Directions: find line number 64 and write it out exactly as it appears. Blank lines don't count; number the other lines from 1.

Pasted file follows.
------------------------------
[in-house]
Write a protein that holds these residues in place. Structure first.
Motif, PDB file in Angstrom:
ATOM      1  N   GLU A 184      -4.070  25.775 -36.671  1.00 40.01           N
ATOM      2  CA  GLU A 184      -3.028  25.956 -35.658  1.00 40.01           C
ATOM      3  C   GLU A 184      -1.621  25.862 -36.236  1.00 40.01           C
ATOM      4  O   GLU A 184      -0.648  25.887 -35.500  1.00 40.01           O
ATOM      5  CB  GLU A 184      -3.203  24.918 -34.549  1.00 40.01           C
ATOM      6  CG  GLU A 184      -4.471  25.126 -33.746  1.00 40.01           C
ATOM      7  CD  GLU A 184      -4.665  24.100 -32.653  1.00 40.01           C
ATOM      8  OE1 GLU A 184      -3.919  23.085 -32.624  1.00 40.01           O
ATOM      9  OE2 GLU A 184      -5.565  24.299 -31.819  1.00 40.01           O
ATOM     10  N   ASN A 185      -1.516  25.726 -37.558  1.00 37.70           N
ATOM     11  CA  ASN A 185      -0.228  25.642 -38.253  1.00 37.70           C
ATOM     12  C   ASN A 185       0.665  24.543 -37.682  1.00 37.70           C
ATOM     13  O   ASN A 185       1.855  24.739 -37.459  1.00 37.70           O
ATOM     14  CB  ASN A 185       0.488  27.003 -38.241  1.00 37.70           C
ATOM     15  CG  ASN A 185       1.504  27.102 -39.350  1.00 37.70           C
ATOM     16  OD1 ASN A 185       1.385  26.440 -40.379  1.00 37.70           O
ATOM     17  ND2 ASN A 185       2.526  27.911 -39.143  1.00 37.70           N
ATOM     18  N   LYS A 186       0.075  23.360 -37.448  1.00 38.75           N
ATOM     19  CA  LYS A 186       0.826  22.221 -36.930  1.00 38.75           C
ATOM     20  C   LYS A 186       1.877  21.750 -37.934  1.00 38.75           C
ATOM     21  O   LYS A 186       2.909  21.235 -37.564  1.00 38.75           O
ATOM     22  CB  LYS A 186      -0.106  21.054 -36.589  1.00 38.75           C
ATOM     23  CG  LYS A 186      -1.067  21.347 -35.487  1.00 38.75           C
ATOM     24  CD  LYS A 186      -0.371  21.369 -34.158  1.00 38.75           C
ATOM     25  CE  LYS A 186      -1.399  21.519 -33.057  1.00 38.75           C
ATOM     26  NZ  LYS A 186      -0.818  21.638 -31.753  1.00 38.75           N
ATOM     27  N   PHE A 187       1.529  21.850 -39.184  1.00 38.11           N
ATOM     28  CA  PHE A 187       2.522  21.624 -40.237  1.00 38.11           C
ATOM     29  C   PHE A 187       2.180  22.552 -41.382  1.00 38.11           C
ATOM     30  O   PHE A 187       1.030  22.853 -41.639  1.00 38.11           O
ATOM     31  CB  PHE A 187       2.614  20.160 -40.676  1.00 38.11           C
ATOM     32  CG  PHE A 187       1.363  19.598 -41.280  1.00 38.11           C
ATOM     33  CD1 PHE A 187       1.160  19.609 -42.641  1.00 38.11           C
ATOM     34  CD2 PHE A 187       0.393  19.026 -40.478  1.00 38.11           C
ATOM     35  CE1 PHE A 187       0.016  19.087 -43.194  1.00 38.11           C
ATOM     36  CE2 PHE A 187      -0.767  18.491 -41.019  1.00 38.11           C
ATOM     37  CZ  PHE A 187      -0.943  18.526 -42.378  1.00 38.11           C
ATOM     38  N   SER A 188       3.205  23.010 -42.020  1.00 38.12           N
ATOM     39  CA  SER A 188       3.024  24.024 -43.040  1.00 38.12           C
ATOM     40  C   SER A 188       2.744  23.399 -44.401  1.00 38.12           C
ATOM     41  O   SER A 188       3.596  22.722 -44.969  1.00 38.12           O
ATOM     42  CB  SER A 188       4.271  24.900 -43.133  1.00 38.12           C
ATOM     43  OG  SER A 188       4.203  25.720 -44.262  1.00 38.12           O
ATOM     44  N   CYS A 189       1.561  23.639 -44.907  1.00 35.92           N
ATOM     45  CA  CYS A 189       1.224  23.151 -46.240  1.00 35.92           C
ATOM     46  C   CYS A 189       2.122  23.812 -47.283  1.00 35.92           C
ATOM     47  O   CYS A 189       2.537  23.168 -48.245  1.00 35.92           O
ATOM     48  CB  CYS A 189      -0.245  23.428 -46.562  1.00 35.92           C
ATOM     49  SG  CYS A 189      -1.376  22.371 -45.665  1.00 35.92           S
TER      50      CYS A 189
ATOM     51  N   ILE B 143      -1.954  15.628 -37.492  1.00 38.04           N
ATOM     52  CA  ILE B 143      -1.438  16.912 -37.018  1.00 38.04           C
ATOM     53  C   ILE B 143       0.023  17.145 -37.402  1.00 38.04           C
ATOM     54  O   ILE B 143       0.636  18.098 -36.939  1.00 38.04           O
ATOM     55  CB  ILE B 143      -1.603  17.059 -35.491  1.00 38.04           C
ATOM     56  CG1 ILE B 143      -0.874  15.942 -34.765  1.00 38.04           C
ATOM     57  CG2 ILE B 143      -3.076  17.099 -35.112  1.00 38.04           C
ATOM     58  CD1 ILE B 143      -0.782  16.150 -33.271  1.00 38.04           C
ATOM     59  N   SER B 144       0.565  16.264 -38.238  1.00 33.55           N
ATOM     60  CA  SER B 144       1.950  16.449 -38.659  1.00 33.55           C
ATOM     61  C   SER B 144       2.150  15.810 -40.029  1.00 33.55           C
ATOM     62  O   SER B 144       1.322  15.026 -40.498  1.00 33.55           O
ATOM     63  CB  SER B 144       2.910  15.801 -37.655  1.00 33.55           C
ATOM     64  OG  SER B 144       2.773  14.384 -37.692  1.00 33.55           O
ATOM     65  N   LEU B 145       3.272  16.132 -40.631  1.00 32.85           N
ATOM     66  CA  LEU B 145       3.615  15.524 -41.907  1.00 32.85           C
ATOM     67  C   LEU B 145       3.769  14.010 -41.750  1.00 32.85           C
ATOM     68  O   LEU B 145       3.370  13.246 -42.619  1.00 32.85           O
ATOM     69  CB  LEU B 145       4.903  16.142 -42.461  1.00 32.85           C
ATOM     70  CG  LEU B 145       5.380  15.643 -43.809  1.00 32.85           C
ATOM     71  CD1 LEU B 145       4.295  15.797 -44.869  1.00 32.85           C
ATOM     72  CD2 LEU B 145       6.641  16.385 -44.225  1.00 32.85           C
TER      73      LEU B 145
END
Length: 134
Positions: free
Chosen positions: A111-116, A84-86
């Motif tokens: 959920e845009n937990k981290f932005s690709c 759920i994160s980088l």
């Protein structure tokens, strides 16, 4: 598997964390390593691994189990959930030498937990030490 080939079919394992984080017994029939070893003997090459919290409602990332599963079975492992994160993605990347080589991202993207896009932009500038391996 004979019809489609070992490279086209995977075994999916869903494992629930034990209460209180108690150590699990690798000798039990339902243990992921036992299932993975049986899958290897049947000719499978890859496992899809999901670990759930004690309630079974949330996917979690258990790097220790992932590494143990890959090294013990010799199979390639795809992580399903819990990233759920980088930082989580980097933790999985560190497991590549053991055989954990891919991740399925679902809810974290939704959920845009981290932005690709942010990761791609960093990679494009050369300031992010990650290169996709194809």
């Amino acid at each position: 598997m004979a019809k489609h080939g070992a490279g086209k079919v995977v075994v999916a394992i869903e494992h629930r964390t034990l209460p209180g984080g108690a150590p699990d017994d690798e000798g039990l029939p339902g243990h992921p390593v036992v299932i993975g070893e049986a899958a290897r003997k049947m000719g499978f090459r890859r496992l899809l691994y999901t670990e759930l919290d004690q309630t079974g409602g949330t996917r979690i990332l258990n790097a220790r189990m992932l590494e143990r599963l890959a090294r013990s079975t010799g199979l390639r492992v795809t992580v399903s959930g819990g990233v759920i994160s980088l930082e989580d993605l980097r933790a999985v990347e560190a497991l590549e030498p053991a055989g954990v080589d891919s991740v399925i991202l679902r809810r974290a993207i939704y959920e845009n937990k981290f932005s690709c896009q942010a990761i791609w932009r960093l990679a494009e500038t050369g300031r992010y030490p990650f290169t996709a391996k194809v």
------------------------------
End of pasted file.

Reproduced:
ATOM     61  C   SER B 144       2.150  15.810 -40.029  1.00 33.55           C